Posted in SAINT of the DAY

Saint of the Day – 28 July – Saint Pope Innocent I (Died 417)

Saint of the Day – 28 July – Saint Pope Innocent I (Died 417) Papal Ascension 402 until his death on 12 March 417, Confessor. He defended the exiled Saint John Chrysostom and consulted with the Bishops of Africa concerning the Pelagian controversy, confirming the decisions of the African synods. The Catholic priest-scholar Johann Peter Kirsch, 1500 years later, described Innocent as “a very energetic and highly gifted individual …who fulfilled admirably the duties of his office.”

Before his elevation to the Chair of Peter, very little is known concerning the life of this energetic pope, so zealous for the welfare of the whole Church. According to the “Liber Pontificalis” he was a native of Albano – his father was called Innocentiu but his contemporary St Jerome, referred to him as the son of the previous pope, Anastasius I, probably a unique case of a son succeeding his father in the Papacy. He grew up among the Roman clergy and in the service of the Roman Church. After the death of Anastasius (December 401) he was unanimously chosen Bishop of Rome by the clergy and people. Not much has come down to us concerning his ecclesiastical activities in Rome. Nevertheless, one or two instances of his zeal for the purity of the Catholic Faith and for Church discipline are well attested.

Innocent I lost no opportunity in maintaining and extending the authority of the Roman apostolic See, which was seen as the ultimate resort for the settlement of all ecclesiastical disputes. His communications with St Victricius of Rouen, St Exuperius of Toulouse, St Alexander of Antioch and others, as well as his actions on the appeal made to him by St John Chrysostom against Theophilus of Alexandria, show that opportunities of this kind were numerous and varied. He took a decided view on the Pelagian controversy, confirming the decisions of the Synod of the Province of proconsular Africa, held in Carthage in 416, confirming the condemnation which had been pronounced in 411 against Cælestius, who shared the views of Pelagius. He also wrote in the same year, in a similar sense, to the fathers of the Numidian Synod of Mileve who had addressed him. Soon after this, five African Bishops, among them St Augustine, wrote a personal letter to Innocent regarding their own position in the matter of Pelagianism. In addition, he acted as metropolitan over the Bishops of Italia Suburbicaria.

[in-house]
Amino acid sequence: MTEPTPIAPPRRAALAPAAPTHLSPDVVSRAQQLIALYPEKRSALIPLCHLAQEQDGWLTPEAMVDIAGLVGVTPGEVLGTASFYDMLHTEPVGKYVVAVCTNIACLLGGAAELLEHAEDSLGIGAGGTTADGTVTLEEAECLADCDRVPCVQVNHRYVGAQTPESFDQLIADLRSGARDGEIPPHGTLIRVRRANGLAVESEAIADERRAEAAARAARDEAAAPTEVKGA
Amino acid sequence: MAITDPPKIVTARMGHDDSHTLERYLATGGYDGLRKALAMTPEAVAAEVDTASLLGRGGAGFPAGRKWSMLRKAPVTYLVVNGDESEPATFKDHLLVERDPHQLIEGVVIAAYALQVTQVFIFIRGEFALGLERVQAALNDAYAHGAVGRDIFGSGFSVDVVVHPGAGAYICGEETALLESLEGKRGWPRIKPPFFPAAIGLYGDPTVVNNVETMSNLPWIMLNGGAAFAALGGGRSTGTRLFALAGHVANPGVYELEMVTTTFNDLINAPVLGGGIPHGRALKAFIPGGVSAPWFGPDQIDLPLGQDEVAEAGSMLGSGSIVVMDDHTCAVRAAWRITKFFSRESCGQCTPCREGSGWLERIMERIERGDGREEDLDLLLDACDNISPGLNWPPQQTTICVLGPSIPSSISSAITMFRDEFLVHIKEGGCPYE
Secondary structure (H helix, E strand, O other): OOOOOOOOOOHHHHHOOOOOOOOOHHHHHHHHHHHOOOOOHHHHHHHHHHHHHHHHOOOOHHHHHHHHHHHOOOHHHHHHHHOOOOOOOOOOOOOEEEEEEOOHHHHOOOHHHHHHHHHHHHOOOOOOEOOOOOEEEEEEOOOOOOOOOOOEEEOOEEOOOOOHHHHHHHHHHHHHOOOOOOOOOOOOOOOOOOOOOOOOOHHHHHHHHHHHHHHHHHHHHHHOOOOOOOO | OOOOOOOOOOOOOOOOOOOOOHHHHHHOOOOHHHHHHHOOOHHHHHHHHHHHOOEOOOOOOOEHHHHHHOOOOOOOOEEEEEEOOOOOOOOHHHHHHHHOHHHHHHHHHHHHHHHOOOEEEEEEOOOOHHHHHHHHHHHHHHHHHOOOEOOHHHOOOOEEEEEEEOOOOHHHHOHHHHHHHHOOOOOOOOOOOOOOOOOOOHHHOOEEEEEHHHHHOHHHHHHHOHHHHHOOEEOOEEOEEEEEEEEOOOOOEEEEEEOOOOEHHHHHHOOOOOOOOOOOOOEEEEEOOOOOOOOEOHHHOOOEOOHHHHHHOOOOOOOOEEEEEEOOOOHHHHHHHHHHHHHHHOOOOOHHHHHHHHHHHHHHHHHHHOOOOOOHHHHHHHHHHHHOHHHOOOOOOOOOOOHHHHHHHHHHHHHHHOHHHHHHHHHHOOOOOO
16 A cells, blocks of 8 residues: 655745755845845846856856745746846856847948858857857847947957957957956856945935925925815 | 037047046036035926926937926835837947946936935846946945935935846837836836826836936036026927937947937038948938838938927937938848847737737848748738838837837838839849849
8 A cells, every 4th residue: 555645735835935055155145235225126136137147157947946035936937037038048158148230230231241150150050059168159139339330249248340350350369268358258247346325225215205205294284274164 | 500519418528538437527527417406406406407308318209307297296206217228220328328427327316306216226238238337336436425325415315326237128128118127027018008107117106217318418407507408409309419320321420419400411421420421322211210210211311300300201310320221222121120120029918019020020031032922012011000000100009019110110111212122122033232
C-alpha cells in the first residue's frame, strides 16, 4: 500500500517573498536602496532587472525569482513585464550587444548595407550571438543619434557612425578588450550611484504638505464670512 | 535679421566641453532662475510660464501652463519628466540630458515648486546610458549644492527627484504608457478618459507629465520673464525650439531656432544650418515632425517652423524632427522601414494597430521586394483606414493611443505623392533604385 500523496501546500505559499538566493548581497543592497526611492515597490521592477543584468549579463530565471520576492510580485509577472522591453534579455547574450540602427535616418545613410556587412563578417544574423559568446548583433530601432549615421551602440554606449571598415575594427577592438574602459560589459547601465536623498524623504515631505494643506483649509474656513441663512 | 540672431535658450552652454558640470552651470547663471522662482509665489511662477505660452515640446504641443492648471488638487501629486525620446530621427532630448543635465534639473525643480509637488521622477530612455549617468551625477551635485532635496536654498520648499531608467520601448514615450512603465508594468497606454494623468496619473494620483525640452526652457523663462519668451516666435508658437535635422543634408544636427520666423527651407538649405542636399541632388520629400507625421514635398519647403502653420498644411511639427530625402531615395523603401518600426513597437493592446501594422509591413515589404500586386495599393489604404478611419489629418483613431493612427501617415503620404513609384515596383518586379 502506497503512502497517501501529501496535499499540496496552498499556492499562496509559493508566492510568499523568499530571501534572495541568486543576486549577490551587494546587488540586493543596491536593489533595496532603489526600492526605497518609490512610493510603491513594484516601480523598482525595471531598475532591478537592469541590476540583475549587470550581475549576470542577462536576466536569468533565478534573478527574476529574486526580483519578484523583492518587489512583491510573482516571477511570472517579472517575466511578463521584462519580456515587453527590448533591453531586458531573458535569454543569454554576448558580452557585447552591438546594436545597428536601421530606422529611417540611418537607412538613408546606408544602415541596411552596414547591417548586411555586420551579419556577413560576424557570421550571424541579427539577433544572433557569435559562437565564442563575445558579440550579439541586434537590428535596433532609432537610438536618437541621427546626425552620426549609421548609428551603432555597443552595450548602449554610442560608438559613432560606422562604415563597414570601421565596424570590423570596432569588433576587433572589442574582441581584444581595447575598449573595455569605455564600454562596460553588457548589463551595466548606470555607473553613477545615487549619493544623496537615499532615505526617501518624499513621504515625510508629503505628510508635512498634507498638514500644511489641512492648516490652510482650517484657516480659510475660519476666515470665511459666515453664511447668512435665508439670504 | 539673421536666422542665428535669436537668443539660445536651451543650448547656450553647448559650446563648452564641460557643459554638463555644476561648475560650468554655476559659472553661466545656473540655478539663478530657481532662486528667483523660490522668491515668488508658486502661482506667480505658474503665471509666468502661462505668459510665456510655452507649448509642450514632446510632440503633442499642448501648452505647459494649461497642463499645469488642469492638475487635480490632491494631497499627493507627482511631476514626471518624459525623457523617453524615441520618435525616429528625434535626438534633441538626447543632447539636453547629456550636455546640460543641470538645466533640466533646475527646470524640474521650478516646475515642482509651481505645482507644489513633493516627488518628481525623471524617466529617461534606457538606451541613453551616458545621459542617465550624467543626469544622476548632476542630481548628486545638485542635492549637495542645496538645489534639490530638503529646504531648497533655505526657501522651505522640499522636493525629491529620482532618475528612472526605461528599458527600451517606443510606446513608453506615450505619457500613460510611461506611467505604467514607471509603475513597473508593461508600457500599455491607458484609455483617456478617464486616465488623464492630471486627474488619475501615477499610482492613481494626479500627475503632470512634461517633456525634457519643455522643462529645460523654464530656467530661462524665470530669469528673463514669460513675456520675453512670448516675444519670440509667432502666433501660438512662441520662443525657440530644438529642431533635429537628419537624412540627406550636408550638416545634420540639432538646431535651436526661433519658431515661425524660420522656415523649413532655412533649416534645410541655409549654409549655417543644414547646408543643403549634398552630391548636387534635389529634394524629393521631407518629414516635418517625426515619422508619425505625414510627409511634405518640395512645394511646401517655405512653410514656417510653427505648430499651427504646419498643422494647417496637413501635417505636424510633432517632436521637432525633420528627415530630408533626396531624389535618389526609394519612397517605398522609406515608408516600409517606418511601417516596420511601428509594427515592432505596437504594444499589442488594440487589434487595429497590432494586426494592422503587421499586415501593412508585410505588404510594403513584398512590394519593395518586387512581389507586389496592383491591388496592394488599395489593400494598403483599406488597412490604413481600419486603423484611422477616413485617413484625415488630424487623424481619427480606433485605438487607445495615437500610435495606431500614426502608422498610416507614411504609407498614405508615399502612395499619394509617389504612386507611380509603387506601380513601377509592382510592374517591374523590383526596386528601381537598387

The historian Zosimus in his Historia Nova suggests that during the sack of Rome in 410 by Alaric I, Innocent I was willing to permit private pagan practices as a temporary measure. However, Zosimus also suggests that this attempt by pagans to restore public worship failed due to lack of public interest, suggesting that Rome had been successfully ChristianiSed in the last century.

Among Innocent I’s letters is one to St Jerome and another to John II, Bishop of Jerusalem, regarding annoyances to which the former had been subjected by the Pelagians at Bethlehem.

He died on 12 March 417, although from the thirteenth to the twentieth century, he has beens commemorated on 28 July. His successor was Pope Zosimus.

In 846, Pope Sergius II gave approval for the relics of St. Innocent to be moved by Duke Liudolf of Saxony, along with those of his father and predecessor Anastasius, to the Crypt of the former collegiate Church of Gandersheim, now Gandersheim Abbey, where most of them rest until this day. Some Relics were also brought to The Church of Our Lady St Mary of Glastonbury upon its consecration.


The Siege of Rhodes. Victory over the Turks by the Knights Hospitaller at Rhodes in 1480 through the intercession of Our Lady and Memorials of the Saints – 28 July

The Siege of Rhodes. Victory over the Turks by the Knights Hospitaller at Rhodes in 1480 through the intercession of Our Lady, final battle 27 July 1480 – commemorated on 28 July:

Constantinople, the capital of the Byzantine Empire, the last remnant of the Holy Roman Empire, fell to the “Scourge of Europe,” the Sultan Mehmet II, in the year 1453. This dire news was almost impossible to believe in the rest of Christendom but, it was sadly true and Constantinople was made into the new seat of the Ottoman Empire.
A few short years later, Pierre D’Aubusson was Grand Master of the Hospitallers, the Knights of Saint John, living on the island of Rhodes. He and his Knights were untiring opponents of Islam, sworn to do everything in their power to fight against them. Having made the island of Rhodes their home, the Knights harassed Ottoman shipping lanes and assisted with attacks against the Ottoman Empire.
In the year 1479, D’Aubusson refused to pay tribute to Mehmet in exchange for peace and furthermore, had the audacity to continue harassing the sultan’s shipping lanes. The Grand Master continued to work on the massive fortifications on Rhodes as he awaited the siege of Rhodes that he knew would soon come. His walls were strong but the Grand Master had only a few hundred Knights and about 2,000 natives to defend them.
Mehmet was not intimidated by the Christian defenses on Rhodes, for he had huge cannons and basilisks which had blasted holes in the stout walls of Constantinople. He also had over 70,000 men in his army, and he was determined to wipe out “that abode of the sons of Satan,” as he referred to the Catholic Knights of Rhodes.
The Siege of Rhodes began with a tremendous bombardment on the Tower of Saint Nicholas. Grand Master Pierre D’Aubusson was not intimidated as he asked: “What is more sacred than to defend the Faith? What is happier than to fight for Christ?”